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How to Interface a Dot Matrix Display with Arduino: Code & Circuit Diagram

A dot matrix display is a matrix of LEDs, you might have seen on Railway Platforms shops, etc. understand how to interface a Dot Matrix Display with arduino.
A red light with multiple dots, representing the letter M, is displayed on a Dot Matrix Display table.

Displays play a crucial role in communicating information, in any institute, organization, or public. The information may be related to current situations, updates, or can be advertisements about the products. People are currently adapting to the idea of the world having information at their fingertips. A Dot-Matrix Display is made up of LEDs arranged or wired in the form of a matrix. Symbols, Graphics, Characters, Alphabets, and Numbers can be displayed with a Dot Matrix Display.

Understanding Dot Matrix Displays

A Dot-Matrix Display is made up of light-emitting diodes arranged or wired in the form of a matrix. Symbols, Graphics, Characters, Alphabets, and Numbers are displayed in applications by using Dot-Matrix Display and can be displayed together in constant as well as scrolling motion. Variable dimensions in which Dot Matrix Display is manufactured are such as 5x7, 8x8, 16x8, 128x16, 128x32, and 128x64` where the first number shows LEDs in rows and the second number shows LEDs in columns, respectively. Displays are available and can be manufactured in different colours such as Red, Green, Yellow, Blue, Orange, and White and multicolour.

In DMD, If we powered different LEDs separately we need different I/O pins physically which is not reliable In an 8×8 matrix, the LEDs would need 64 I/O pins, one for each LED pixel. to minimize the number of pins required to drive them many LEDs are wired together in rows and columns therefore By wiring all the anodes together in rows (R1 through R8), and cathodes in columns (C1 through C8), the required number of I/O pins is reduced to 16. Each LED is addressed by its row and column number. You may manufacture it as the common cathode or common anode. The matrix pattern is made either in row anode-column cathode or row cathode-column anode pattern. In the row anode-column cathode pattern, the entire row is anode while all columns serve as cathode which is shown below and it is vice-versa in the row cathode-column anode pattern. If we want to display any character or number then according to that number we have to pull down or high the pins of the matrix for example, we have to enable row and column pins as per the table given below to display a character M where the on LED is denoted by a red dot.

Displaying the Letter "M" on a Dot Matrix Display

Chart for displaying character M on Dot matrix Display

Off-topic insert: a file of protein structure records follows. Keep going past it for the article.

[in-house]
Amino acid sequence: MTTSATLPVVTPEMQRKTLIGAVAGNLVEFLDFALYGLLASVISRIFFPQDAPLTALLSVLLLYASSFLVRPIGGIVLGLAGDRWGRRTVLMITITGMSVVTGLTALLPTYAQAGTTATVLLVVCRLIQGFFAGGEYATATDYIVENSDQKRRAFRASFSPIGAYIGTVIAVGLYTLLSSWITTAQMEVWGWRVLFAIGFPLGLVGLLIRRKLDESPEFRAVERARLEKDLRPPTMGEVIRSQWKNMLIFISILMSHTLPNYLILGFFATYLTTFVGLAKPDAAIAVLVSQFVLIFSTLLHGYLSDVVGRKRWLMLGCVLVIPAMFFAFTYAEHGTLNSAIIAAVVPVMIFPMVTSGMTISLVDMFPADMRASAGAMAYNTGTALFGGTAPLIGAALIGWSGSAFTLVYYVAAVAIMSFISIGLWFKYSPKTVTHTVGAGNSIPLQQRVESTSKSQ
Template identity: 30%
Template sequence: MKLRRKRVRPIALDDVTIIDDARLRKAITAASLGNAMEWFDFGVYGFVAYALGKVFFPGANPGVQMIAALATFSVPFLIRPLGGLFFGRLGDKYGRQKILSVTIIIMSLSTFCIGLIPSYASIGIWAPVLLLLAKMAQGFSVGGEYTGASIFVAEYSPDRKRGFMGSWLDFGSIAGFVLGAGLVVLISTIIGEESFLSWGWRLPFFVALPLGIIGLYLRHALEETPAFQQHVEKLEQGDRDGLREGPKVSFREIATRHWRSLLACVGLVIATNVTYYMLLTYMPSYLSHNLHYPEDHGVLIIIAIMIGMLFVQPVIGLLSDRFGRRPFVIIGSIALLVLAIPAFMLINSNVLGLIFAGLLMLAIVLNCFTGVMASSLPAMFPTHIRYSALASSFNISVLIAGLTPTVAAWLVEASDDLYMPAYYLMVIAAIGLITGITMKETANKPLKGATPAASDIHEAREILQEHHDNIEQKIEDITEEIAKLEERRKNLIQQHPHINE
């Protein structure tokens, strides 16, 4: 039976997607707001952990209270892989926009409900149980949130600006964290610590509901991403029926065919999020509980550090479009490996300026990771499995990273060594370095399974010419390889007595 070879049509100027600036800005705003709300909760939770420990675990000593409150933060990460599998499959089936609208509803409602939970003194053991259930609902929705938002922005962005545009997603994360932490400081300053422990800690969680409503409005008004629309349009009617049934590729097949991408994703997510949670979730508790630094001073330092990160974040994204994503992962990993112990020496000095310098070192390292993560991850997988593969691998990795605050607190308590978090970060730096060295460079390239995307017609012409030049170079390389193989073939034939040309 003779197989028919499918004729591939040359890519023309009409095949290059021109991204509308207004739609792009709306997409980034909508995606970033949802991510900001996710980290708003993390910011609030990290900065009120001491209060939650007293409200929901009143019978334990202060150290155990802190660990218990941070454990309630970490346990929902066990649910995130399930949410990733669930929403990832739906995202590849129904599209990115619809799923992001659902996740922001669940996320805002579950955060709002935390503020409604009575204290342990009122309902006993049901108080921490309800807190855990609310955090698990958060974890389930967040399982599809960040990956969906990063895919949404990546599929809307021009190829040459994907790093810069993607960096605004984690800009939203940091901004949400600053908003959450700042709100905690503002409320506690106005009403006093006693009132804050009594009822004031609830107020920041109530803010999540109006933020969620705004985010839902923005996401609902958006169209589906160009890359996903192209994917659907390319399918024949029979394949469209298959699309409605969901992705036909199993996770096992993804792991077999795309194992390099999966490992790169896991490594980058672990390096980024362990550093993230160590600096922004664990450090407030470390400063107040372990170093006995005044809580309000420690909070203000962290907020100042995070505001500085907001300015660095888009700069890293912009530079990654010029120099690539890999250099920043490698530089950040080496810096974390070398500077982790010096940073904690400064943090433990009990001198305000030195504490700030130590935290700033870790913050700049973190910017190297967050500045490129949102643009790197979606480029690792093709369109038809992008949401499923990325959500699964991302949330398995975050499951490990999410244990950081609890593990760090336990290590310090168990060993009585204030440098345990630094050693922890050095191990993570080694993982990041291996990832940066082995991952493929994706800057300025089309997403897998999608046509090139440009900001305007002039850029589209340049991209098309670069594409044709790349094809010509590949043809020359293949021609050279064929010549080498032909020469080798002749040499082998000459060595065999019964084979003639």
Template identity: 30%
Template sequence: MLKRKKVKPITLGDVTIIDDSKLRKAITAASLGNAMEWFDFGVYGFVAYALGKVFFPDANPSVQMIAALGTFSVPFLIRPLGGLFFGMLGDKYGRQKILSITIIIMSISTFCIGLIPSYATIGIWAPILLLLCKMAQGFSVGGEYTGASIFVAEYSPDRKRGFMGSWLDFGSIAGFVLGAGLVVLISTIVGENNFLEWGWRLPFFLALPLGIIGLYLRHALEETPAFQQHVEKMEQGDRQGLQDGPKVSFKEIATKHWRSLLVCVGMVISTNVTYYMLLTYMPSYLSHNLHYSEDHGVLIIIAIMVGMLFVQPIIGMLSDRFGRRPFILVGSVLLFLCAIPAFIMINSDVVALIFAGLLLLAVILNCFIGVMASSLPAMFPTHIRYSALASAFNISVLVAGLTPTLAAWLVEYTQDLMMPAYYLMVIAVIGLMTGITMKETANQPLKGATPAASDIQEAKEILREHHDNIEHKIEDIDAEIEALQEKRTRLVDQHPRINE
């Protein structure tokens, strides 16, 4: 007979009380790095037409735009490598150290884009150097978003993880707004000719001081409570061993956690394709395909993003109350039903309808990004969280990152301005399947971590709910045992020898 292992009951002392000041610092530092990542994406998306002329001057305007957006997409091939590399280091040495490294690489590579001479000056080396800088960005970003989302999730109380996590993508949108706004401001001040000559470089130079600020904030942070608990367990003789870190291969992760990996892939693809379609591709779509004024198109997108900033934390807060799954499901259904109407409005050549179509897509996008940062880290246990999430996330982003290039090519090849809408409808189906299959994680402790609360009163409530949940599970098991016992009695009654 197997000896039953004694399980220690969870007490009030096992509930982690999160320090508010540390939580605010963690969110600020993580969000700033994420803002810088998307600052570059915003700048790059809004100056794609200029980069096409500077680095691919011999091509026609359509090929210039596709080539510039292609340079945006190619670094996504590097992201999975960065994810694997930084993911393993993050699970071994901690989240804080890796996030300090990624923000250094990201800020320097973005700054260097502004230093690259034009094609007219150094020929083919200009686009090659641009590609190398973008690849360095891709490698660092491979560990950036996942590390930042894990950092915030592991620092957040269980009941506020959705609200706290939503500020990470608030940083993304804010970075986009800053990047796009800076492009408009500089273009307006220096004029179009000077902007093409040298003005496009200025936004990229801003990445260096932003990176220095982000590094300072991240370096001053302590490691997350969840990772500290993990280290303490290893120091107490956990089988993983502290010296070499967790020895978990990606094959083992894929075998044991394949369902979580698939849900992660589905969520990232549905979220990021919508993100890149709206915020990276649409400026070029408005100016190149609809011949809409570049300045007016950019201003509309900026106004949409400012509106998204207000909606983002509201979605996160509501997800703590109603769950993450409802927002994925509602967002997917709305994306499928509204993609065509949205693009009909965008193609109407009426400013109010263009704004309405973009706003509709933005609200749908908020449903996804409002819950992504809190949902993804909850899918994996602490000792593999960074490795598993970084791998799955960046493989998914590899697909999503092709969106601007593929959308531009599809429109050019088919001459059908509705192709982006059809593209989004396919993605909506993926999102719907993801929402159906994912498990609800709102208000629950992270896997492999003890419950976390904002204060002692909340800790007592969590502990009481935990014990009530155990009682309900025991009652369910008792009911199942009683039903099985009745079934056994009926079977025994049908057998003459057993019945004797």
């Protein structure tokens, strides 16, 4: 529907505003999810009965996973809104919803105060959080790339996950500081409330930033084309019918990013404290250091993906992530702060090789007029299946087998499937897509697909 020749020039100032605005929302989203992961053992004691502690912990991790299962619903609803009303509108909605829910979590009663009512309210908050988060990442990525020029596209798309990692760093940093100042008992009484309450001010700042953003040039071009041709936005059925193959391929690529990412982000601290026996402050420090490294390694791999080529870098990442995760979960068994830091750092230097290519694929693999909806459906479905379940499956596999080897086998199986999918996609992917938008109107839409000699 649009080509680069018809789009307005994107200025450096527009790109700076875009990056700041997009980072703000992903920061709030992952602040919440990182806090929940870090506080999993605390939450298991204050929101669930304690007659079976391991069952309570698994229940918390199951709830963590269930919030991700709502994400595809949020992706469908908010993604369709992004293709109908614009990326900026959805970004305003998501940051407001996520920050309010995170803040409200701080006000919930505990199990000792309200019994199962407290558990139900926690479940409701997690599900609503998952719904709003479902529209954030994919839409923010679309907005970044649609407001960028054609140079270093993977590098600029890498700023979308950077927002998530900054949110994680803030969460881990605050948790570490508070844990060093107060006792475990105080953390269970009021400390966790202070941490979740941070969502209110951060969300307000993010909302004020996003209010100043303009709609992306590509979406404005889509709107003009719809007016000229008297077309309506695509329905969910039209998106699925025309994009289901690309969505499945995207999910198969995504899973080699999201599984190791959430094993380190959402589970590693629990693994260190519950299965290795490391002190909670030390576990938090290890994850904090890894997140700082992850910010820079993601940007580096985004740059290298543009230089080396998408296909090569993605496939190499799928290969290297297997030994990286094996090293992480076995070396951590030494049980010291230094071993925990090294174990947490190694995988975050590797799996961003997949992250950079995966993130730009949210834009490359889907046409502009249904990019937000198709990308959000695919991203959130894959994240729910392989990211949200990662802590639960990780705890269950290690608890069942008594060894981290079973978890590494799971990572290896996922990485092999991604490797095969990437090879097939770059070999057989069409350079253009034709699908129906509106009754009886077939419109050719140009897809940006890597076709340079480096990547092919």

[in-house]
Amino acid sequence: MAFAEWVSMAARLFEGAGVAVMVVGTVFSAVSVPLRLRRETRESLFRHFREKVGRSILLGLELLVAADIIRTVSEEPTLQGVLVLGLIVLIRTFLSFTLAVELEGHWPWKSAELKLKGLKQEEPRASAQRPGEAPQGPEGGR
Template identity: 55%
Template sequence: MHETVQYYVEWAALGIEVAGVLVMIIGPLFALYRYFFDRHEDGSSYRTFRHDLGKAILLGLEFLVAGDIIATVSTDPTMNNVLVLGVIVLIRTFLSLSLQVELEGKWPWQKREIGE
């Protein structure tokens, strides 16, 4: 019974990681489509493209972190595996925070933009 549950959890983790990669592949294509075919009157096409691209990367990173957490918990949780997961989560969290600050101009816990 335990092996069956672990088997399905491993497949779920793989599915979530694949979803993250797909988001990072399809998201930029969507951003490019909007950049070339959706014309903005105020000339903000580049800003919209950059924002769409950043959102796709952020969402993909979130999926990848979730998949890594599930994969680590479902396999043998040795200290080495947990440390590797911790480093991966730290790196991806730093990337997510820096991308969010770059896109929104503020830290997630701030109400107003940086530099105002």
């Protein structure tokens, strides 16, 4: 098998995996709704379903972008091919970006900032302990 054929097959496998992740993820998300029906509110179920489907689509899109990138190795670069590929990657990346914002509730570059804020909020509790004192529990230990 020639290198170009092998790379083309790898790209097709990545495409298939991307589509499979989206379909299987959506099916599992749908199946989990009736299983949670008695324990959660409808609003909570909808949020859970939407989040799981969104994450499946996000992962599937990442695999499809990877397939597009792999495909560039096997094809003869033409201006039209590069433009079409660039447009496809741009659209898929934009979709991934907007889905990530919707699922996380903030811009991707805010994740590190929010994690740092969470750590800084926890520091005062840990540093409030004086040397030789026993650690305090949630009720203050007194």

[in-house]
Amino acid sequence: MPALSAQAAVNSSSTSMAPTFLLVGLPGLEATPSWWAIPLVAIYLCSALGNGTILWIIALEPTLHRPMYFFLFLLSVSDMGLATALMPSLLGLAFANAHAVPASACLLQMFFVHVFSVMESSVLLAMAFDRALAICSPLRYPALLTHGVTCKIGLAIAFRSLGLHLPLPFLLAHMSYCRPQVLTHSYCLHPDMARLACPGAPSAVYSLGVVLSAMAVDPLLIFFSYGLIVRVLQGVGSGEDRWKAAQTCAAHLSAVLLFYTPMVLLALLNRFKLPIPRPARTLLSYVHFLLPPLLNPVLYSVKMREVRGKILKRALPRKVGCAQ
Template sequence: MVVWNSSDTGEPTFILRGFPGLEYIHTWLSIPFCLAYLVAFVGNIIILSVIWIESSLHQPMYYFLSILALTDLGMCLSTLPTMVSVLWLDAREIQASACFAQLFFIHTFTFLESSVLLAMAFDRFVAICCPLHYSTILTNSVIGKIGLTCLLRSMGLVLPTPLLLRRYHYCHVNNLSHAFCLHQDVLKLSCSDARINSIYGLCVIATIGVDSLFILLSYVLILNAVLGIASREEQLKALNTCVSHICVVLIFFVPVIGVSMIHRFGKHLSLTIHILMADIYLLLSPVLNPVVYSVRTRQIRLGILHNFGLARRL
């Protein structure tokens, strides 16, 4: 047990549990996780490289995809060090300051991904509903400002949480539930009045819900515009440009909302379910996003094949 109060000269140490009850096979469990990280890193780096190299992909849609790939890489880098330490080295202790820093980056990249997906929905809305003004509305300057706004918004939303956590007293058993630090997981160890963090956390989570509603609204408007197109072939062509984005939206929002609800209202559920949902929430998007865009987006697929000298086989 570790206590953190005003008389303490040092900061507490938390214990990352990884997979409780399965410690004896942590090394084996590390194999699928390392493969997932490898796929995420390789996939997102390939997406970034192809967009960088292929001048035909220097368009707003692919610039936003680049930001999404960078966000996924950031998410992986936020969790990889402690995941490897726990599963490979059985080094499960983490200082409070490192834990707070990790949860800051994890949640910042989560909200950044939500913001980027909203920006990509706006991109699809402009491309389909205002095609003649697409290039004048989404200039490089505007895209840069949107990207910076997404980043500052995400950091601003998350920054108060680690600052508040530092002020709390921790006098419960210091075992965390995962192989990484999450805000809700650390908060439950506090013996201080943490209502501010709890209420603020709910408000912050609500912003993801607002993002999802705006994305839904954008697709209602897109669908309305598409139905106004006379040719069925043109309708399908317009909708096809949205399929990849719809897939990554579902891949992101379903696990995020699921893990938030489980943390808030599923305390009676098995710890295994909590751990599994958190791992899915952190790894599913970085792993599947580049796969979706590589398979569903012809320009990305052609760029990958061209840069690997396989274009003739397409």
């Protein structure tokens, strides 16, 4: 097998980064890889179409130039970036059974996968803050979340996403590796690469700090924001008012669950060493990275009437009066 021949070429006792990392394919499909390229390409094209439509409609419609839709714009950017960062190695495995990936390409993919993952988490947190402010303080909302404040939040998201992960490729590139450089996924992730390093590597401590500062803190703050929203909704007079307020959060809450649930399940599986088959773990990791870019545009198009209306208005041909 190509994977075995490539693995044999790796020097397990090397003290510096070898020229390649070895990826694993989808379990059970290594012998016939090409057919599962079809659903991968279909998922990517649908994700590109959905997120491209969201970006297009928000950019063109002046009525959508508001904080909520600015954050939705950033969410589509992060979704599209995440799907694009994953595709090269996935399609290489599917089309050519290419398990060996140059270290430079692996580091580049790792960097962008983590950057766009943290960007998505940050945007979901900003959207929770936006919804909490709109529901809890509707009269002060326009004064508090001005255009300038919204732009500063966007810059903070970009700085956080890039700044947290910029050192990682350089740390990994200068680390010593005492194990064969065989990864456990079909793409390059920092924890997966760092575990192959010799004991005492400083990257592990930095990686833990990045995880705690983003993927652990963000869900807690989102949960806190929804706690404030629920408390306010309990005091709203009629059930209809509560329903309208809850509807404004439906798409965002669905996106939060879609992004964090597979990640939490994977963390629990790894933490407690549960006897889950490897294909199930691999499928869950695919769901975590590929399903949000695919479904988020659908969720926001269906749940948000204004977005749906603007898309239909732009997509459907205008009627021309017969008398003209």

Chart for displaying character M on Dot matrix Display

Creating the System Design and Circuit Diagram

The following fig shows the interfacing diagram of Dot Matrix Display With Arduino.

Circuit diagram of dot matrix display interfaced with Arduino
Circuit diagram of dot matrix display interfaced with Arduino

Above fig shows hardware interconnection between Arduino nano (ATMEGA328P), HUB(pins) of Dot matrix display(DMD 16*96)

Pin Configuration of the Dot Matrix Display (DMD)

  • Pin no. 1: It is a (N0E) enable pin used to enable our main element of the project which is a dot matrix display
  • Pin no. 2: Digital communication pin A is connected to pin no 9 which is the D6 pin that is the digital out pin of Arduino
  • Pin no. 3, 5, 7, 9, 11, 13, 15: are connected to pin no. 4 which is the ground pin of the Arduino
  • Pin no. 4: digital communication pin B is connected to pin no 10 which is a D7 pin which is also a digital out pin
  • Pin no. 6: Data line C for communication
  • Pin no. 8: this is the CLK pin connected to pin no 16 which is the D13 pin of the Arduino
  • Pin no. 10: This is a system clock pin connected to pin 11 of Arduino, which is the D8 pin
  • Pin no. 12: which is a system ready check is connected to pin no 14 of the Arduino which is a D14 pin

Scrolling Text on a Dot Matrix Display (DMD)

The coding part

#include <SPI.h>
#include <DMD.h>
#include <TimerOne.h>
#include "SystemFont5x7.h"
#include "Arial_Black_16_ISO_8859_1.h"



void ScanDMD() {

void setup() {
  Timer1.initialize( 3000 );
  Timer1.attachInterrupt( ScanDMD );
  dmd.clearScreen( true );

void loop() {
  dmd.clearScreen( true );
  dmd.drawMarquee(MSG, strlen(MSG), (30 * DISPLAYS_ACROSS) - 1, 0);
  long start = millis();
  long timer = start;

  while(1) {
    if ((timer + 39.9) < millis()) {
      dmd.stepMarquee(-1, 0);
      timer = millis();


The prototype of the Arduino-based display toolkit was effectively designed. This prototype has to be facilities to be integrated with the display board it can solve the problem of instant information transfer on the campus, and it is the best replacement for regular flex boards, In the future, we can add an IR sensor to detect human motion where the display is mounted and the output of that sensor given to primary of the relay utilizing IR sensor detects human around display then its output is given to display and the NO of the relay get closed, and the display will display our message for some programmed time if there is no action around display then it will undergo standby mode and reduced power consumption.

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photo of Vedprakash Aamale
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